Brown was naturally close to Noel, but understands the business side of the decision.

"I'm happy for him in my heart of hearts," Brown said. "[The Mavericks] have brought him in to grow him to try to be a starting center. That does equal a commensurate paycheck. He will be rewarded if that's the way it plays out.

"That wasn't gonna happen here. It wasn't gonna happen here. And so when you really study salary caps, really study design of teams and really study how to grow a program so you're not caught positionally, it was gonna be hard to allocate that amount of money to a five spot."

Brown got some more tough news when he learned No. 1 overall pick Ben Simmons won't play this season. A scan taken Thursday revealed that Simmons' Jones fracture, suffered in early October on the last day of training camp, has not fully healed (see story).

Brown, being the consummate optimist, brought up his experience with Noel in is his rookie season of how a player can still develop despite not getting on the court.

"I'm disappointed for lots of reasons that he isn't going to be able to play," Brown said. "I played text tag with him as he was going to the scan. I felt like when your wife is having a baby, pacing around, wondering, 'What's gonna happen? What's the result of the scan? What's it gonna be? What's it gonna be?' I don't mean to get too dramatic, but there's a level of anxiety that you wonder, 'What is the result gonna say?' And when it came back with the result, it caught me off guard. It really wasn't something personally I was expecting."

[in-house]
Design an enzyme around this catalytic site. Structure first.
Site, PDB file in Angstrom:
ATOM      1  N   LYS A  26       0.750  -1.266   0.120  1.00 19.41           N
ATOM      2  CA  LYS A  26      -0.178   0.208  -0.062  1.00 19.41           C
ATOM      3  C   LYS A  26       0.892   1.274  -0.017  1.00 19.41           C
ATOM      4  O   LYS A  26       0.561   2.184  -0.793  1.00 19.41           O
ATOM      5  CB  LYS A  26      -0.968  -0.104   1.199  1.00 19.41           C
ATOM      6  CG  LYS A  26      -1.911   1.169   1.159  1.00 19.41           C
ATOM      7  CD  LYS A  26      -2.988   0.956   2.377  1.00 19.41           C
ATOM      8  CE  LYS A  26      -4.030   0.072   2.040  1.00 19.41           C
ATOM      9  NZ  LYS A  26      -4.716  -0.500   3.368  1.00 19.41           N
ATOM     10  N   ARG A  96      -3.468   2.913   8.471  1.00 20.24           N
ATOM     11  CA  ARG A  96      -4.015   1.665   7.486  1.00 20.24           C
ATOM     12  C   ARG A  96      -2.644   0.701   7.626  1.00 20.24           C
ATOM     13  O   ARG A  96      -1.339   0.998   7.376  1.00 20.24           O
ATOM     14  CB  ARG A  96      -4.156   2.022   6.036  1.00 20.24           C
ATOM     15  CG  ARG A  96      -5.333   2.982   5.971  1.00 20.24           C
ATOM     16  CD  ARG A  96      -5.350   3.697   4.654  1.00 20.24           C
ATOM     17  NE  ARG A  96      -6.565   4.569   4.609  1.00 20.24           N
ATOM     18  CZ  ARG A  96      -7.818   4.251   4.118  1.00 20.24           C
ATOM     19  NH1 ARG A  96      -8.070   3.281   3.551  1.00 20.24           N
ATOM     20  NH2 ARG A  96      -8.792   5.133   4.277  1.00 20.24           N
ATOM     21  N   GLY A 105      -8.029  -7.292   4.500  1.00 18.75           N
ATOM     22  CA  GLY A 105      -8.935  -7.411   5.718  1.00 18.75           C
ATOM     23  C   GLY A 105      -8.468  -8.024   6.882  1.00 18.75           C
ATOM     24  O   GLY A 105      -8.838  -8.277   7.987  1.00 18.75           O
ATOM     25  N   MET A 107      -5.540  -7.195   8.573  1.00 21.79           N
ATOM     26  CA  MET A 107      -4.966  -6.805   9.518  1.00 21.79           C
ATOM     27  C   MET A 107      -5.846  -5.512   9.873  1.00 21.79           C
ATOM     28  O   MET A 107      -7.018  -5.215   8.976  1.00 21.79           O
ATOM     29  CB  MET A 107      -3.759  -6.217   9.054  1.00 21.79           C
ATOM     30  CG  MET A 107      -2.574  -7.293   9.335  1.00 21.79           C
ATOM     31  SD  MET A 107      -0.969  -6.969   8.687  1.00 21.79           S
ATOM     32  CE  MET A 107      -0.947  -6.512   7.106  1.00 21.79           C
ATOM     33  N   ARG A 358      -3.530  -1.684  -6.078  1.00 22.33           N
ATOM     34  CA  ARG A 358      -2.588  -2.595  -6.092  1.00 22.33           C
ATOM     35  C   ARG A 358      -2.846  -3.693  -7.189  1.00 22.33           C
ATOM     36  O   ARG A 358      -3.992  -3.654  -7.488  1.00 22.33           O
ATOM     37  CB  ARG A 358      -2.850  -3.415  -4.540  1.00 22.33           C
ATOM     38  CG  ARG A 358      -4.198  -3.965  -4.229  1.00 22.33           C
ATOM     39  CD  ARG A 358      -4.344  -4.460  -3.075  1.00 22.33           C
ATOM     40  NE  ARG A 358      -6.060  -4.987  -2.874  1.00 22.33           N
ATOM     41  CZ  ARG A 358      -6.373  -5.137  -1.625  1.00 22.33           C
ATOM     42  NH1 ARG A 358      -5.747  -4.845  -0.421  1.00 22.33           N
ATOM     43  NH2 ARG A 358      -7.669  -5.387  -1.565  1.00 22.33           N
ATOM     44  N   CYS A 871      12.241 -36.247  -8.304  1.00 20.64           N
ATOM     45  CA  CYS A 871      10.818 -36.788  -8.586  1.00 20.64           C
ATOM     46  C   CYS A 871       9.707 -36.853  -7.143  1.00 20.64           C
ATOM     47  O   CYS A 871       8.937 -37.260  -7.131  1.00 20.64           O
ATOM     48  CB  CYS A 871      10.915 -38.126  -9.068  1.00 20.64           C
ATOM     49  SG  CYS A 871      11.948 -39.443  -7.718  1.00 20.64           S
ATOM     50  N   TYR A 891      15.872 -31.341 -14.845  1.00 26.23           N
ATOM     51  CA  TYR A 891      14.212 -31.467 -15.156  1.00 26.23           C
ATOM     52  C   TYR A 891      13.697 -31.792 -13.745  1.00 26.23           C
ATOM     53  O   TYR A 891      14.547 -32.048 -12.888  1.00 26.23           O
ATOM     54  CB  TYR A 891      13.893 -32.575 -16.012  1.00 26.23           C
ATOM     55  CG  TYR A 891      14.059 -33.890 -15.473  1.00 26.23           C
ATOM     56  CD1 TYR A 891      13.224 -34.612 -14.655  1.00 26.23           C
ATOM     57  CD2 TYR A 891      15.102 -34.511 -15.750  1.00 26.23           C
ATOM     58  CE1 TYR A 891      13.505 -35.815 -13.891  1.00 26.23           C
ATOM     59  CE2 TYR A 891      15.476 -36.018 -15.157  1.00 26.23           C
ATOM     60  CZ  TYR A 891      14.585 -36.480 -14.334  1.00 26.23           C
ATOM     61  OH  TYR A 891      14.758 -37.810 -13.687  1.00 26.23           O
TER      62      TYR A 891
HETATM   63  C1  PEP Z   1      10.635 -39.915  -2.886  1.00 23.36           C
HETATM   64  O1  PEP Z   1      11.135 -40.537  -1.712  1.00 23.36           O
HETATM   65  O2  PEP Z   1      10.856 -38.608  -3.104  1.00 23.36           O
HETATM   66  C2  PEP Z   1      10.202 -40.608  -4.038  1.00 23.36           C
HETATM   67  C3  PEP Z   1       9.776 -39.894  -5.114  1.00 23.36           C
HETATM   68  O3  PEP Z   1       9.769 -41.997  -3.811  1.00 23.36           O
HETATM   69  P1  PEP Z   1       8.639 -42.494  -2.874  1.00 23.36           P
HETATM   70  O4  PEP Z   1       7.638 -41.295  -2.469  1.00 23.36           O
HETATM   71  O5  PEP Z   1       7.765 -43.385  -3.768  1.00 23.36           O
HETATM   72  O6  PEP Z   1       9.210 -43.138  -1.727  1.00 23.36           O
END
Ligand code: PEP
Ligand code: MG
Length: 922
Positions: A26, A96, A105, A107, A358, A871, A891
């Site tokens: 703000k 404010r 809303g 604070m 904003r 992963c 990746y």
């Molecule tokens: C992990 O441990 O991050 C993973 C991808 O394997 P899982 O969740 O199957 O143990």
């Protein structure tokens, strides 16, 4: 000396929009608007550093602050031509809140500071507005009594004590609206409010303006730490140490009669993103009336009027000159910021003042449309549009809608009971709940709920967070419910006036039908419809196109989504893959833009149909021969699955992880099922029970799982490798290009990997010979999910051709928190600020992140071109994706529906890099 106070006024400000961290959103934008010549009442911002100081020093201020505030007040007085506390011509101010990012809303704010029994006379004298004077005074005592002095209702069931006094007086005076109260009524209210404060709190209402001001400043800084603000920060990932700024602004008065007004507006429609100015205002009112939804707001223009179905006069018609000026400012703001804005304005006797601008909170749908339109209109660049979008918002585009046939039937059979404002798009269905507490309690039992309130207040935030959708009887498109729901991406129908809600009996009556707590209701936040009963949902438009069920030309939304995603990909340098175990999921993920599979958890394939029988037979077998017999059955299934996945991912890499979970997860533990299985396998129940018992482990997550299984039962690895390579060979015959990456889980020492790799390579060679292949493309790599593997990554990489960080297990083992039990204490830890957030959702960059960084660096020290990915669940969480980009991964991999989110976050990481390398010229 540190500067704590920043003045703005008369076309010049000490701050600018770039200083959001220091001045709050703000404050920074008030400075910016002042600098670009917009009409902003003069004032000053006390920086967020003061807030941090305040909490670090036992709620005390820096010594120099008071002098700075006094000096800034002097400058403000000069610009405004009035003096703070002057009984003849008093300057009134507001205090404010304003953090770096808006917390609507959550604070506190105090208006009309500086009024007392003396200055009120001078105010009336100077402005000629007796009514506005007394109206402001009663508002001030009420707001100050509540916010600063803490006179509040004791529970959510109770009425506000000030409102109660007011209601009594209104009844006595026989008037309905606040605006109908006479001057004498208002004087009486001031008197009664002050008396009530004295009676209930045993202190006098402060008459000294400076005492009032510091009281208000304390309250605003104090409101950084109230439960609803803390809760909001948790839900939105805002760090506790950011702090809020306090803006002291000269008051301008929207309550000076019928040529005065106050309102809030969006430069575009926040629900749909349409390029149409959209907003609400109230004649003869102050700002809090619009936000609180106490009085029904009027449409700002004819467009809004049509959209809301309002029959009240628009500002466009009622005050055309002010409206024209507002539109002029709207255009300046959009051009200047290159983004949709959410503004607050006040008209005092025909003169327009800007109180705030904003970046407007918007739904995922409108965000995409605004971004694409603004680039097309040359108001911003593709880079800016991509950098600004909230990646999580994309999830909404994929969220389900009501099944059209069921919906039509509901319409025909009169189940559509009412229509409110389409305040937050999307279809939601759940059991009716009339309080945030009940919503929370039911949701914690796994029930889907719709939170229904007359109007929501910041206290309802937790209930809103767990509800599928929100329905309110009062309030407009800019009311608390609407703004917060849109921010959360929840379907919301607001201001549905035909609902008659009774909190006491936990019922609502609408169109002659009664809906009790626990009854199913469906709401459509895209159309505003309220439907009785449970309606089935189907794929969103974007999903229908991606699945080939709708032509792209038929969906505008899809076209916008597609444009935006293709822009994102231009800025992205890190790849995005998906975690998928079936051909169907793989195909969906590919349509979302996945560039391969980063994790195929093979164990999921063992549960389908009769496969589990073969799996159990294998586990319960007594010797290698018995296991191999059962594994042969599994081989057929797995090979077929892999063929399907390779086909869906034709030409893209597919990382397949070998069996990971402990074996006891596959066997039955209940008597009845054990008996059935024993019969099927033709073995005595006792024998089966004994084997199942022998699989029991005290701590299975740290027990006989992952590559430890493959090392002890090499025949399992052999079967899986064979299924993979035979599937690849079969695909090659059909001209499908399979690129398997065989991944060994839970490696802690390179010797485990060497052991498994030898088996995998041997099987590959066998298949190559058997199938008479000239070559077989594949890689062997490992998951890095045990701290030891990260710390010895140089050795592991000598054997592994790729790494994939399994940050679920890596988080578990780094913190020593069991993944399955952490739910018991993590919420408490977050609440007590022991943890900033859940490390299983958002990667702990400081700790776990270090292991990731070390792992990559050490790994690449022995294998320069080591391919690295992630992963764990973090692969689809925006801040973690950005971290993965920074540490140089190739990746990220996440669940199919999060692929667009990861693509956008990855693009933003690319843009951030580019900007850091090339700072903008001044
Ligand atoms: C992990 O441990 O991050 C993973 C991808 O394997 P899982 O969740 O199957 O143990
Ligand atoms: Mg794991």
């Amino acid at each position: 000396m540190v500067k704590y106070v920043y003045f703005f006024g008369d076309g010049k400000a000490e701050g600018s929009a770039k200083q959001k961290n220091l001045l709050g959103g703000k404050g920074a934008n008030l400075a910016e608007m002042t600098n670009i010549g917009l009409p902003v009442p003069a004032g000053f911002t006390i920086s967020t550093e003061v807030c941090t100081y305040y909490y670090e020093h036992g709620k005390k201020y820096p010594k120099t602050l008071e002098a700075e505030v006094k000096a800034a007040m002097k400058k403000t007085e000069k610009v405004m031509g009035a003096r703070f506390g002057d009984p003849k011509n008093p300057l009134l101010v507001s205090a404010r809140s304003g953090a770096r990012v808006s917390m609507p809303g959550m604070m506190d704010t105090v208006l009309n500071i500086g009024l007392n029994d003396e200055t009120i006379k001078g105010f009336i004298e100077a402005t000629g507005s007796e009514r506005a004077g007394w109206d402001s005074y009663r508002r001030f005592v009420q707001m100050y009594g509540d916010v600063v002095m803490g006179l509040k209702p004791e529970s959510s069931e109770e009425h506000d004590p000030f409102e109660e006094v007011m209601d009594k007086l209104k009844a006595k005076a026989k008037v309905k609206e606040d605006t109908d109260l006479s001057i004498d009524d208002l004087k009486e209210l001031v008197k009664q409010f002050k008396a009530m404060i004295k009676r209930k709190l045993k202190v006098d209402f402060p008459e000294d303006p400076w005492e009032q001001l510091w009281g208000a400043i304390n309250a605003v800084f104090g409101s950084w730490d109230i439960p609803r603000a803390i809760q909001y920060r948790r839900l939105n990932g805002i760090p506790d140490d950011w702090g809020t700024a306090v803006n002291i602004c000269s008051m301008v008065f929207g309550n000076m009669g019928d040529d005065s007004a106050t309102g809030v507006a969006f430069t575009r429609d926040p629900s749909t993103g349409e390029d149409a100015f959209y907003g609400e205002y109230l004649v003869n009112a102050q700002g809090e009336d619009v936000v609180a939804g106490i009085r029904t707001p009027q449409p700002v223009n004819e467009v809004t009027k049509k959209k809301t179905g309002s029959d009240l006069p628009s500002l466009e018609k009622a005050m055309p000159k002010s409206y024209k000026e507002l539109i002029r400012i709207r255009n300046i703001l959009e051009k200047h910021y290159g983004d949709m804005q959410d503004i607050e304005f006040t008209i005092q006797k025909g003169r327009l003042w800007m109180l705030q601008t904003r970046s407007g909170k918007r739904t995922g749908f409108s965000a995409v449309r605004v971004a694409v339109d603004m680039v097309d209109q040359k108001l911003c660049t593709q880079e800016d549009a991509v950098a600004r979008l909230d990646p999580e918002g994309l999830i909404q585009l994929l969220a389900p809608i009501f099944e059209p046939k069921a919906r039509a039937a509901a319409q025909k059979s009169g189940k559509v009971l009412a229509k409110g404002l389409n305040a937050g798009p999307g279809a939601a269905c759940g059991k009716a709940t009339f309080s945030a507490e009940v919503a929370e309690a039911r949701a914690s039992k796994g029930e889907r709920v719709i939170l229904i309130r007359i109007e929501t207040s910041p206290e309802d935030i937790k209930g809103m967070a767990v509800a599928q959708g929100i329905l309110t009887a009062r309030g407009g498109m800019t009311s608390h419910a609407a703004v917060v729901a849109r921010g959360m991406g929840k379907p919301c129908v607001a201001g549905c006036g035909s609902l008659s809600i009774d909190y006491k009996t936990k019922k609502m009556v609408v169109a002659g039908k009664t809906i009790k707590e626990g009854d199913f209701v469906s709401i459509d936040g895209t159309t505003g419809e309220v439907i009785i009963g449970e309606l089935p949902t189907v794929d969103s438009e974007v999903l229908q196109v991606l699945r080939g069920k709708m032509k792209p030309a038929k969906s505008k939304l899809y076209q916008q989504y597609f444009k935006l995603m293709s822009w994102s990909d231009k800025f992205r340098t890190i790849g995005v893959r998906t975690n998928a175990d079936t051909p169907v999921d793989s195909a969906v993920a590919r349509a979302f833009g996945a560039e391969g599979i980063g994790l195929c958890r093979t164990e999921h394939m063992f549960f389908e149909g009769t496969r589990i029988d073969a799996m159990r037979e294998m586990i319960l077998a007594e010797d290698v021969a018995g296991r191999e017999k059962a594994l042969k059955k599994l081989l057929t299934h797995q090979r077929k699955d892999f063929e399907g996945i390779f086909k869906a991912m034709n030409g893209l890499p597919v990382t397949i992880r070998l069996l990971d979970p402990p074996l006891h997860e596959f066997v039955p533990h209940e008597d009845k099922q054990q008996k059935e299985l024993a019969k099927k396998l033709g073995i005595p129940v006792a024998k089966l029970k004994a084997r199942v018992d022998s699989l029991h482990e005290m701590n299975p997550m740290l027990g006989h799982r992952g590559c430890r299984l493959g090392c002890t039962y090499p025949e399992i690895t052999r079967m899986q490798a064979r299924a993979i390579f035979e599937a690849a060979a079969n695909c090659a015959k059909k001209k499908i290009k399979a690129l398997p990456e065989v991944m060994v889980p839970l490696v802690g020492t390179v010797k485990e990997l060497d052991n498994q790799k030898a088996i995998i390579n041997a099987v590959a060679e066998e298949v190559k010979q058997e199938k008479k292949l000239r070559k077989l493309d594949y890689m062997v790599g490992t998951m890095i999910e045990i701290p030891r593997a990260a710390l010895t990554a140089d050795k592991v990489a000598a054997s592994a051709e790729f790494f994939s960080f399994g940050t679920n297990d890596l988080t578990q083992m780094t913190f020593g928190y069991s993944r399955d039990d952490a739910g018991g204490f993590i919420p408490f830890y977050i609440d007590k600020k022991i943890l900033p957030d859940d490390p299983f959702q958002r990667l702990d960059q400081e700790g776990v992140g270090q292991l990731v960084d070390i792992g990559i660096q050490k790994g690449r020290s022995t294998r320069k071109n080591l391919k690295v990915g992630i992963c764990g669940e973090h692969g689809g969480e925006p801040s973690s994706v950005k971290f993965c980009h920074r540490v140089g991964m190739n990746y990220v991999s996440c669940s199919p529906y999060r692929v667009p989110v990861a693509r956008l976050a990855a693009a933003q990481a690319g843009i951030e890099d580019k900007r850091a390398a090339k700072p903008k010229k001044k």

Sixers president of basketball operation Bryan Colangelo addressed the media Friday to disclose the news on Simmons. He also explained his thinking behind the Noel trade, which mostly hinged on Noel's impending restricted free-agent status (see story).

Brown was sad to see one of his original developmental projects go, but understood the business side of the decision.                     

"I thought he did a really good job," Brown said of Colangelo's press conference. "That is the truth. So it's connected with emotion and reality that we say goodbye to Nerlens."